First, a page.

Ukraine Says It's Time for 'Peace with Russia.... People Are Tired of War'

Ukrainian President Petro Poroshenko announced Tuesday that he sought peace with Russia, despite accusing his rivals in Moscow of sponsoring an eastern insurgency and interfering in Kiev's internal affairs.

Poroshenko made the remarks as he officially announced his bid for re-election during a forum entitled "From Kruty to Brussels. We are going our way" at Kiev's International Exhibition Center. The Ukrainian leader came to power after a 2014 revolution that expelled a pro-Moscow president and saw Russian annex the Crimean Peninsula in an internationally-disputed referendum, followed by two more eastern regions declaring autonomy.

Battles between the Ukrainian armed forces and pro-government militias on one side and separatist groups allegedly backed by Russia on the other have killed more than 10,000 people as the two were locked in a bloody stalemate. Amid a spike in tensions that followed a November encounter between Russian and Ukrainian forces in the contested Kerch Strait, Poroshenko warned of imminent conflict, but on Tuesday appeared to soften his tone.

"Of course, we need peace with Russia. Cold, yet peace. People are tired of war," Poroshenko told the audience. "Russian propaganda and its liars in Ukraine tirelessly play with this painful emotion."

Ukrainian military reservists undergo training at the 169th Training Center, December 19, 2018 in Desna, Ukraine. After three Ukrainian naval vessels were attacked and seized by Russia in the Sea of Azov in late November, Ukraine declared martial law in ten regions and called up a number of military reservists. Brendan Hoffman/Getty Images

Russia has blamed Ukraine's uprising on pressure from the United States and the NATO Western military alliance it leads. Moscow also justified its 2014 intervention in Crimea by arguing that the political unrest in Kiev threatened the neighboring peninsula's majority-Russian-speaking population, but it has denied supporting separatist groups in Ukraine's Donbas region, where two self-ruling people's republics have been declared.

"Peace is a complete restoration of territorial integrity, sovereignty and independence of Ukraine, nothing else. Peace is Moscow's undeniable recognition of our right to walk our own path. We must do everything for Ukraine not to ask Moscow where to go ever again. This is an exclusive right of the Ukrainian people. And this path is called—away from Moscow," Poroshenko said.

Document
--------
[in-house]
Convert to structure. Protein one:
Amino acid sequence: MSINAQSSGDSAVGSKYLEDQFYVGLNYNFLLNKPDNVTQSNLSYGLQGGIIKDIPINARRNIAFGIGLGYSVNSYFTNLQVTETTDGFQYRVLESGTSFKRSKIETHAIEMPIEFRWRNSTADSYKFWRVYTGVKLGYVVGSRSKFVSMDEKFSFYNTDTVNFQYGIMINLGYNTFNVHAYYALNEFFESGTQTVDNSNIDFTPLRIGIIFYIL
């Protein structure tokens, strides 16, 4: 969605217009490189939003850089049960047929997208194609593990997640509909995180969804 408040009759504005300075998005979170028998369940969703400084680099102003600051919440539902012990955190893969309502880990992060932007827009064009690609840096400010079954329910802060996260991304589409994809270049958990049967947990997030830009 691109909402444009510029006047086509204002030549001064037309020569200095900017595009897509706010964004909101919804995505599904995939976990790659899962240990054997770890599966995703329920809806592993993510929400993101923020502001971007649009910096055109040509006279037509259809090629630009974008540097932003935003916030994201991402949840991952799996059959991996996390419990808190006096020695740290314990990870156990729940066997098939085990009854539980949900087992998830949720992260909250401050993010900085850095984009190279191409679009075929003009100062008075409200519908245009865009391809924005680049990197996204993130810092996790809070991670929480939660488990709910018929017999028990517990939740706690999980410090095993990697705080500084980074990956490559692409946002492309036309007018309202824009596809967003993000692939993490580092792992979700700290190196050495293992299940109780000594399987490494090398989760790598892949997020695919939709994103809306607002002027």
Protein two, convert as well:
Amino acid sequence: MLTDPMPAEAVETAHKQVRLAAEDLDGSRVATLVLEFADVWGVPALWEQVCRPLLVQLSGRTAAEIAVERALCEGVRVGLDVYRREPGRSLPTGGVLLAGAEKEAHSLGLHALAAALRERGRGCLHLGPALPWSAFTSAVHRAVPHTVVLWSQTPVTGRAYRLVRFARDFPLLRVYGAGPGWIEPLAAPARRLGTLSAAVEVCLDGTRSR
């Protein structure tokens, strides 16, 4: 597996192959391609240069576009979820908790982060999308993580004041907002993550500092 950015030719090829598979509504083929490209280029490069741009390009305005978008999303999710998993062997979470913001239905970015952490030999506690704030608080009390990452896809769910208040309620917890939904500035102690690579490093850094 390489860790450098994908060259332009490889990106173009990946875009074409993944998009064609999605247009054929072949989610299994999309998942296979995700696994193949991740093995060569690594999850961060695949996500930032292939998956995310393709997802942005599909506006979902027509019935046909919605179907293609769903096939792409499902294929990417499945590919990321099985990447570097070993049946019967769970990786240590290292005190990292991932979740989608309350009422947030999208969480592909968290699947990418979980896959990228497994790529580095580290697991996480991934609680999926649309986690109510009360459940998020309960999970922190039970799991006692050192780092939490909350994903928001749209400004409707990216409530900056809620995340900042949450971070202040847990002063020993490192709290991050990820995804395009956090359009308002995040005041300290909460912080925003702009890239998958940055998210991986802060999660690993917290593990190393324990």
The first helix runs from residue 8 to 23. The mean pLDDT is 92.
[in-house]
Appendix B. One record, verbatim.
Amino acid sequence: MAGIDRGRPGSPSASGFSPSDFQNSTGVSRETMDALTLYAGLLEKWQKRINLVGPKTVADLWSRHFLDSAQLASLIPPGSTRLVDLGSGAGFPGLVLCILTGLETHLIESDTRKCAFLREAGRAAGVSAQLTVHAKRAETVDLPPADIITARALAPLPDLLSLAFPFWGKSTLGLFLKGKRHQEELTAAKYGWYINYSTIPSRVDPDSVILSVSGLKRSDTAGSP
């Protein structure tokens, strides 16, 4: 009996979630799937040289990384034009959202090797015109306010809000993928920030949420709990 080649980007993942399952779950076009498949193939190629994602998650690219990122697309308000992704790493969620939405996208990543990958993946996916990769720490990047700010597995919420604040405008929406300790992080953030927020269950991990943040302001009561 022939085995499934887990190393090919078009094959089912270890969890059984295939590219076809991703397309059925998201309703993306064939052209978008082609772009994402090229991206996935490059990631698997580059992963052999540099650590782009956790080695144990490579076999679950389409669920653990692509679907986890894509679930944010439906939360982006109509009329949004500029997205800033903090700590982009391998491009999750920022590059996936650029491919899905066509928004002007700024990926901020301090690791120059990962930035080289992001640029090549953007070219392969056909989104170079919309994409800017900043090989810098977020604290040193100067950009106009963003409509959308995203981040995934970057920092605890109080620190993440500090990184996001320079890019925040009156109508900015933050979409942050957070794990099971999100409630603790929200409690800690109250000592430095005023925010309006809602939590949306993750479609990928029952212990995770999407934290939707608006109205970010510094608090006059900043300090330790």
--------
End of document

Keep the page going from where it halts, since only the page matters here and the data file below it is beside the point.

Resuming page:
"We will continue the line for restoring the territorial integrity of Ukraine in the political and diplomatic manner, ensuring the unity of the pro-Ukrainian coalition in the world and in the European Union, using the instrument of sanctions and the mechanism of international U.N. mission throughout the territory of the occupied Donbas," he added.

Allegations of Moscow's involvement in the conflict have fueled the wider escalation in military mobilization between Russia and NATO, which have both bolstered their presence along mutual borders in Eastern Europe, including deployments at land, air and sea. In a direct standoff between the two ex-Soviet allies, Russia fired upon and seized three Ukrainian naval ships, accusing them of violating international law as they sailed through the disputed Kerch Strait, located between the Black Sea and Sea of Azov near Crimea.

Poroshenko warned of "full-scale war" and ordered military drills as the Russian armed forces moved anti-missile and anti-aircraft systems to Crimea. While no conflict ensued, nearly two dozen Ukrainian service members remain detained in Russia following the incident, despite calls from the E.U. and the U.S. for their release.

Despite President Donald Trump's vow to reset broken U.S.-Russia ties on the campaign trail, relations between the two countries have suffered during his time in office, especially over Ukraine, where the Trump administration has enhanced military support. As a result, Russian Security Council Secretary Nikolai Patrushev warned earlier this month that "the U.S. administration actually controls the Kiev authorities and Poroshenko personally" and that "such a policy by the Kiev authorities may contribute to Ukraine's loss of statehood."